It turns out only 2% of the population gets to make investment decisions for the rest of us. 98% of us are prevented from investing in half the businesses – the half that our communities benefit from the most. If small businesses received fair access to this vast pool of funds – about $15 trillion – imagine how different our local economies could become? We calculated that if we were able to break this logjam, every county in our district would have access to about $4 billion in equity investment capital every year. Our world would be a very different place. Our common pain would give way to common prosperity.

Transforming our Common Pain into effective Common Purpose won’t lead to Common Prosperity overnight. But if we don’t begin to move in this direction, I guarantee you that as bad as things are now, our common pain will only get worse until we embrace our sacred right to pursue a common purpose of salvation.


To implement our plan to end unemployment and lift up working families, we must promote local living economies throughout our district. This includes that:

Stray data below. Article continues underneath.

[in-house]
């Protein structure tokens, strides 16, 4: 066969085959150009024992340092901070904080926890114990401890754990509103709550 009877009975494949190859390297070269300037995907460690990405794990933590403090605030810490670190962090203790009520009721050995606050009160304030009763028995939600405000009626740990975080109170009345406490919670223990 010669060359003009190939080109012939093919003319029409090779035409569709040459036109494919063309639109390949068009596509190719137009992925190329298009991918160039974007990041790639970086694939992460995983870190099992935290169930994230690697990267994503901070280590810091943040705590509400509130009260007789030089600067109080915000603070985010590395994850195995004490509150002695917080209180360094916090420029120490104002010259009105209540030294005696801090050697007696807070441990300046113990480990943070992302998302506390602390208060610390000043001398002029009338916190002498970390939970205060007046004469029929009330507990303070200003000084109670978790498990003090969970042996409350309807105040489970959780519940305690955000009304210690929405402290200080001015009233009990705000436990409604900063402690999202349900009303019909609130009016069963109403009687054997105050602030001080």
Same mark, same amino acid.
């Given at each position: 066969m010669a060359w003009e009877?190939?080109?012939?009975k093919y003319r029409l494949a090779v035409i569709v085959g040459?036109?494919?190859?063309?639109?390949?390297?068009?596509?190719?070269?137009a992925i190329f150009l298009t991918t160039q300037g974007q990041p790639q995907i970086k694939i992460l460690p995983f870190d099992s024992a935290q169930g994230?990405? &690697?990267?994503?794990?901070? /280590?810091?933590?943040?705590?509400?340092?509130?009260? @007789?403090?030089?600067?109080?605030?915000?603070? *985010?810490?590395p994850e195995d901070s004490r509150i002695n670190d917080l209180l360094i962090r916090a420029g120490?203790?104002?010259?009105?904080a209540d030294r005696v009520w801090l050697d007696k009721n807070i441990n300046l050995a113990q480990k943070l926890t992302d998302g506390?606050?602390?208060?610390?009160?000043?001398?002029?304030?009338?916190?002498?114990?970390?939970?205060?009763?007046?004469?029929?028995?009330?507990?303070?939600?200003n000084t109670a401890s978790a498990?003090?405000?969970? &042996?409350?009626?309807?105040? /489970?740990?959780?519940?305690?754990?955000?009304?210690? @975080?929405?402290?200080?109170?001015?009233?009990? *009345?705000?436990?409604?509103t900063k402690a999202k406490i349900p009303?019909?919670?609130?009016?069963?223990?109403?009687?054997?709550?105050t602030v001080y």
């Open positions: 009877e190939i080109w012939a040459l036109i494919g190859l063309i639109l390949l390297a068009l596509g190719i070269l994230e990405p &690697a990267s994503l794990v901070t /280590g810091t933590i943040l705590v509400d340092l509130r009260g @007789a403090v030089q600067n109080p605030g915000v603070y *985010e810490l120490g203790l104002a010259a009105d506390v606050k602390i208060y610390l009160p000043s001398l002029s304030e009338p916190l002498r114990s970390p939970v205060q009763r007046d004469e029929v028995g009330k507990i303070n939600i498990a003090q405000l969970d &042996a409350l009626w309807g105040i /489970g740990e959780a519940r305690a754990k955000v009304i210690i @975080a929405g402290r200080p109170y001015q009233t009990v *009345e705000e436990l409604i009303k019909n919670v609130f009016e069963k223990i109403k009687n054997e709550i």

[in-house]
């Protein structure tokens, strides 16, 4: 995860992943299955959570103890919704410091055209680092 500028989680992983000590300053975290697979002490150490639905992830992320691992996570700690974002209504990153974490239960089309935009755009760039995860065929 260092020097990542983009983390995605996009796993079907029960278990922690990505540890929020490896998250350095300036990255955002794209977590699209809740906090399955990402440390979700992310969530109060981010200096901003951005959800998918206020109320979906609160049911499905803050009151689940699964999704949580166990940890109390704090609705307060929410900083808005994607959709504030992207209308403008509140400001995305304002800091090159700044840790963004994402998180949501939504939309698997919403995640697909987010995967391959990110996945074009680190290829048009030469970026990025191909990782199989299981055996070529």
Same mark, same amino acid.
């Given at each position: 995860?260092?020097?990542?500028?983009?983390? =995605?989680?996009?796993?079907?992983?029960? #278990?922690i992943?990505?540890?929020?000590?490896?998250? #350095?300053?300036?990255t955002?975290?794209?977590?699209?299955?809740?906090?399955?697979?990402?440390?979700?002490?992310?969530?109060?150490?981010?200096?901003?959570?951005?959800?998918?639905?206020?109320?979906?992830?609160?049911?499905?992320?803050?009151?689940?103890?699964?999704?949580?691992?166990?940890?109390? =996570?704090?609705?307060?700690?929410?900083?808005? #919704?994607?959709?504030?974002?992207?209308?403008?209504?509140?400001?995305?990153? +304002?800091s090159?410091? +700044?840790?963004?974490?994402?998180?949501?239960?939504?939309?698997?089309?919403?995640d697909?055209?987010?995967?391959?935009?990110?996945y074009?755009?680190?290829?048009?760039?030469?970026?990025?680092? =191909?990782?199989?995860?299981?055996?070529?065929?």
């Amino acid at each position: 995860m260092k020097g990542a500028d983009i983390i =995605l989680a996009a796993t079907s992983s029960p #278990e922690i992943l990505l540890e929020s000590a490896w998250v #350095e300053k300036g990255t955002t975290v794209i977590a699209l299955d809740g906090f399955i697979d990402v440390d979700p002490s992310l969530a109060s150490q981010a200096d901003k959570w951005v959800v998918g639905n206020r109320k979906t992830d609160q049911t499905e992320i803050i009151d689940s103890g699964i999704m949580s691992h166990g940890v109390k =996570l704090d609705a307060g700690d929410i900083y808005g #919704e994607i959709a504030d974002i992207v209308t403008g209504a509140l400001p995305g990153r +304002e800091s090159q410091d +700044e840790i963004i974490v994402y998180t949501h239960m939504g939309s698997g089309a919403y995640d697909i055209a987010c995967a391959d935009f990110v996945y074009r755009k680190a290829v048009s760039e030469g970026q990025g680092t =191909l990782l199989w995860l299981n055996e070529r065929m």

• We must insist on a Living Wage.
  • We must fight Leakonomics at every turn.
  • We must embrace the three Golden rules that ensure local prosperity.
  • We must promote a new generation of pollinator businesses.
  • And we must liberate our fair share of the $15 trillion dollars of equity investment capital our local economies have every right to pursue.


[i] 36,171 according to the second leakage analysis we conducted.

[ii] $1,986,279,386, also per the second leakage analysis.